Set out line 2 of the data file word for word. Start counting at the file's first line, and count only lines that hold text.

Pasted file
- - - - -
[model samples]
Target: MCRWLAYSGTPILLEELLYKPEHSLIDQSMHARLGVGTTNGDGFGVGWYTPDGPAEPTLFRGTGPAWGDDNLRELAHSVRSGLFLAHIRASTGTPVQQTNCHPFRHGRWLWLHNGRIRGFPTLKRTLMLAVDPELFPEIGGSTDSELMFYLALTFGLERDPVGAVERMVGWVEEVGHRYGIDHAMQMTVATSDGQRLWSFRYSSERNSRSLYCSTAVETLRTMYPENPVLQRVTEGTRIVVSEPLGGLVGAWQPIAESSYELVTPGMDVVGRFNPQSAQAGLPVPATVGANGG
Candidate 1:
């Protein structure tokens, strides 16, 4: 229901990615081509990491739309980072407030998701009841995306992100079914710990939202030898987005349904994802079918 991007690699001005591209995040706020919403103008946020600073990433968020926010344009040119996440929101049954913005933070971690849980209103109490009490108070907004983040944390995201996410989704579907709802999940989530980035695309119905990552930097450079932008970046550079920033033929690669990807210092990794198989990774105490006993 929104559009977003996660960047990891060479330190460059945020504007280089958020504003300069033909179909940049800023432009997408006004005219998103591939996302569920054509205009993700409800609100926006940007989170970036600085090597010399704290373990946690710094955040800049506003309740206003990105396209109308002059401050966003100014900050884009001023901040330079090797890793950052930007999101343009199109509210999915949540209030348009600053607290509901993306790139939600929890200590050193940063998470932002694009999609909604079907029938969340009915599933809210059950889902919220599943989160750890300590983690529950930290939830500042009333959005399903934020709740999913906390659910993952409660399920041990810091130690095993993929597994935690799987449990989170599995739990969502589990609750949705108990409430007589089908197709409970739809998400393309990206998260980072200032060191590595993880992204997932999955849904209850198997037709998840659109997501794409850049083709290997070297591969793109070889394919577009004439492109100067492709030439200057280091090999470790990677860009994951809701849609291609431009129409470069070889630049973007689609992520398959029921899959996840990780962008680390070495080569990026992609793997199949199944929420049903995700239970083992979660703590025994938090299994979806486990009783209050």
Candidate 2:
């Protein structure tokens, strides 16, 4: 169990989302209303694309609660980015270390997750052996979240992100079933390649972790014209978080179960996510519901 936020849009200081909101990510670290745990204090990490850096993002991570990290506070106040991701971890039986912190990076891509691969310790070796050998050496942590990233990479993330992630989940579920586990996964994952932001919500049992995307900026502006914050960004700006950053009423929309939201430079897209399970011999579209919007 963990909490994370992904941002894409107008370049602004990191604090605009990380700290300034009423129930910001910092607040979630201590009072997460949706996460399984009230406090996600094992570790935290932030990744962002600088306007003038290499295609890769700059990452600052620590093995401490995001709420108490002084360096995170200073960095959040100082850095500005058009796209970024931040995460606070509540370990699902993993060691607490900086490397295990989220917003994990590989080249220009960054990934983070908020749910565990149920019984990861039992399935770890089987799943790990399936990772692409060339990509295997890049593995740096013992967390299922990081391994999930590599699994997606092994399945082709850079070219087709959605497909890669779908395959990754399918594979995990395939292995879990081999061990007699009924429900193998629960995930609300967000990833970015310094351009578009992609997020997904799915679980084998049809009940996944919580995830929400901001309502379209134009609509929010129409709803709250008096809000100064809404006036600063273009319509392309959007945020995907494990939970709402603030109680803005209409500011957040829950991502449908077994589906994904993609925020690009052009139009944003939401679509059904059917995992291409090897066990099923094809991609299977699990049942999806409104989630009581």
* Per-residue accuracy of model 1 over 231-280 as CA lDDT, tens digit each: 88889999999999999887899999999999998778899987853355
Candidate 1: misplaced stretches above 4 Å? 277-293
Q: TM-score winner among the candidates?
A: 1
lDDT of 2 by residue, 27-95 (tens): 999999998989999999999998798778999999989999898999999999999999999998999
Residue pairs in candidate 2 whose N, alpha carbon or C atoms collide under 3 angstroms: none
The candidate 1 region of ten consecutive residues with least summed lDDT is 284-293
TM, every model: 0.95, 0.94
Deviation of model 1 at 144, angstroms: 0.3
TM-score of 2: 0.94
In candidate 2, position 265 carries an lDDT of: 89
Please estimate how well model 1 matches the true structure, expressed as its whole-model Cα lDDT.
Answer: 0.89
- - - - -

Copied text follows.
Target: MCRWLAYSGTPILLEELLYKPEHSLIDQSMHARLGVGTTNGDGFGVGWYTPDGPAEPTLFRGTGPAWGDDNLRELAHSVRSGLFLAHIRASTGTPVQQTNCHPFRHGRWLWLHNGRIRGFPTLKRTLMLAVDPELFPEIGGSTDSELMFYLALTFGLERDPVGAVERMVGWVEEVGHRYGIDHAMQMTVATSDGQRLWSFRYSSERNSRSLYCSTAVETLRTMYPENPVLQRVTEGTRIVVSEPLGGLVGAWQPIAESSYELVTPGMDVVGRFNPQSAQAGLPVPATVGANGG